Osteoarthritis can occur from years of normal use, and Lane said it happens when "the cartilage that covers the bone wears, and then it's bone rubbing on bone."
According to a pamphlet about joint replacement, "when one or more parts of the knee are damaged, joint movement suffers. Over time, cartilage starts to crack or wear away. Because cartilage cannot fully repair itself, the damage may keep increasing. At first, your knee may just be a little stiff. But as the bones of the joint begin rubbing together, you're likely to feel pain."
Mardy Taylor, chief nursing officer at Yavapai Regional Medical Center, said the surgery team's job is to make a patient's experience as easy as possible.
"The before, during and after are all important in their own entity. They need to fit together," Taylor said.
Before the surgery, according to operating room scrub technician Mardi Kellerman, the patient washes the area doctors will operate on with a special anti-microbial soap. The nurses wash the area again upon the patient's arrival at the hospital.
"We do a lot of washing that leg," Kellerman said.
Charge nurse Lynda Hunt said the nurses then apply an iodine-based sticky prep to the area, which creates a semi-permanent barrier against bacteria.
"It stays on the skin and prevents build-up of bacteria around the incision," she said.
During a knee replacement surgery, Lane said he "takes away the diseased joint surfaces (with saws and templates) and replaces them with a new joint surface."
Typically, the new knee is made of titanium, nylon and chrome.
Immediately after the surgery, nurses place the patient in recovery. Hunt explained that the patient takes part in "passive therapy," where machines move the knees before patients can do it themselves, in order to begin therapy right away.
Osteoarthritis represents one type of damaged joints, and others include injury and inflammatory arthritis, which Lane said is the least common cause of joint pain.
"Inflammatory arthritis is an auto-immune disease where the body creates antibodies that basically turn you against your own joints," he said.
One of the two most important ways to keep joints healthy include regular diet and exercise. Lane said that "being overweight adds force to the joint and can accelerate the degenerative process."
Also, eating healthy "is good for you if you have arthritis," and he suggests eating fruits and vegetables, such as cabbage, blueberries, soy products and whole grain foods.
"In America, 65 percent of Americans are obese," he added. "No wonder we have so many arthritic problems. We eat too much and too much of the wrong things. The American lifestyle is the biggest enemy to arthritic joints."
The more people exercise throughout their life, the less likely they will be to have arthritic joints, Lane said.
"Our joints were designed to move, and if we don't move they start falling apart. They're healthy when they move. We're not designed to sit on the couch and eat potato chips. People need to start thinking about their bodies."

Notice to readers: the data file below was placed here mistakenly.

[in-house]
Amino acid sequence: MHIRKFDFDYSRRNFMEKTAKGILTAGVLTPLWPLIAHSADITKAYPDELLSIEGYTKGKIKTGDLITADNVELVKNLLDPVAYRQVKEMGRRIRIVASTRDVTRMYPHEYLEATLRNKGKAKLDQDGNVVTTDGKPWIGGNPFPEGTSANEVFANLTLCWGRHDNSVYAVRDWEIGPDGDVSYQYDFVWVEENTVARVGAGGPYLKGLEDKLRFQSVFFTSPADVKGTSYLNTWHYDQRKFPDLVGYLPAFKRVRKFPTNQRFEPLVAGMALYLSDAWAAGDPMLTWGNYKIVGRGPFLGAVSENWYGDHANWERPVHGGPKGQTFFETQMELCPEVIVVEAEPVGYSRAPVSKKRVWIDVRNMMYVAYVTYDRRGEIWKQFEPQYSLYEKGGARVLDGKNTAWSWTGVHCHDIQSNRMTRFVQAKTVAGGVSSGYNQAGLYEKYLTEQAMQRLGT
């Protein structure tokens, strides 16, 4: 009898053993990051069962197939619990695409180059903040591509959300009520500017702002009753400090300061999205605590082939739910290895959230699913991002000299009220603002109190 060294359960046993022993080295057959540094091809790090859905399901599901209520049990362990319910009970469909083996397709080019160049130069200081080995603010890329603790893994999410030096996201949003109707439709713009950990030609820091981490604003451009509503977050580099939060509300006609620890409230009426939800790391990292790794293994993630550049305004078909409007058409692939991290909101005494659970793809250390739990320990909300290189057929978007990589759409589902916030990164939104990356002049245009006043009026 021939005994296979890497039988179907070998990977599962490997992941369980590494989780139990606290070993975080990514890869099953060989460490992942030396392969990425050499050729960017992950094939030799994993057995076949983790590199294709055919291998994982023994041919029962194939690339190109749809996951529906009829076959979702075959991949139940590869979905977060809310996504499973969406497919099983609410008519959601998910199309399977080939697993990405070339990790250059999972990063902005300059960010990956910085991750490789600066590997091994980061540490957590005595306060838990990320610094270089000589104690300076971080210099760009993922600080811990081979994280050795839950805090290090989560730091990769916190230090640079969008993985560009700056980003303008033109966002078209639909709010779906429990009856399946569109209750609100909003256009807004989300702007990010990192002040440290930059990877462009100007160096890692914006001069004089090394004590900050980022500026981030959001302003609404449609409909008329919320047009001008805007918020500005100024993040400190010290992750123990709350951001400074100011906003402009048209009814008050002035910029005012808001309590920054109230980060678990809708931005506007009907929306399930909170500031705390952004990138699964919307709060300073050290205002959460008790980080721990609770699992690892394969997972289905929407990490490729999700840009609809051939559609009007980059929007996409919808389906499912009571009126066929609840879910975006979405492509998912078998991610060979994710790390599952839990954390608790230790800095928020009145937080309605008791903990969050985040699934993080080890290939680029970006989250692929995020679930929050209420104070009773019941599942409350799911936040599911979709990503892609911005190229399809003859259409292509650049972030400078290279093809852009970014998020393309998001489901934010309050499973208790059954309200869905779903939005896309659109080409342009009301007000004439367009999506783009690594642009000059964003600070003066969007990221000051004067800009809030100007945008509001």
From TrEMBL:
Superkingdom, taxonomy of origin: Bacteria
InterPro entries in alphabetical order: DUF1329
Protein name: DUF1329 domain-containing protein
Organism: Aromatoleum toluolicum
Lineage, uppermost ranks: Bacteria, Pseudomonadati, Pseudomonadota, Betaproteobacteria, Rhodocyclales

While having a total knee or hip replacement surgery is a definite option to correct joint pain, Lane said there are many alternatives a patient should try before resorting to surgery.
"People shouldn't have a knee or hip replacement unless they're suffering so much pain," Lane said. But "if a person has pain at night, can't walk well anymore and has failed all other treatments," then they should consider surgery.
One alternative to total joint replacement surgery is a "natural building block of cartilage," called Hyaluronate, that is injected into the knee. "It relieves the symptoms for eight to 12 months."
Others include cortisone injections and non-steroidal anti-inflammatory drugs (NSAIDs). Still, the best prevention method for a person, Lane said, is to take care of themselves through eating healthy, watching their weight and exercising.
"You can't do anything (to stop deteriorating joints), but you can control the symptoms," Lane said. "You can do something to make the pain go away and prolong knee replacement surgery."
There are a few possible risk factors for total joint replacement surgery, including developing blood clots, developing pneumonia, getting fractures around the joints and the actual prosthesis wearing out.
"The prosthesis is like any other machined joint," he said. "The parts can become loose."
However, the new part will usually last between 15 and 20 years "with normal activity."
If a person "has tried everything you can and you're still having significant pain, the surgery is your best alternative because the results are so good in a person who needs it. It eliminates the pain."
One of Lane's patients was a 90-year-old woman who was in a wheelchair, and after having total knee replacement surgery, Lane said she could walk again.
"To me, that's almost a miracle," he added. The surgery gives people "a whole new lease on life. They have stable knees, they can exercise and concentrate better."
If a person has one joint replaced, Lane said surgery lasts about an hour and a half, and about four hours for a person who has two joints replaced. The patient, in either case, usually is able to get up and walk with a walker a day or two later.
After about three months, the patient can walk without a cane or walker, and they usually attend physical therapy after a surgery. Patients typically spend about three to five days in the hospital doing therapy exercises, and then receive either home health care or therapy from an outpatient facility.
Lane said some people choose to have joint replacement surgery in order to "take out a new lease on life. You can do things you couldn't do before. You're doing this to improve the quality of your life."
"Usually patients say they feel so much better. They're in a lot less pain and they're able to go back to their activities and daily living, which they weren't able to do prior to surgery," she said.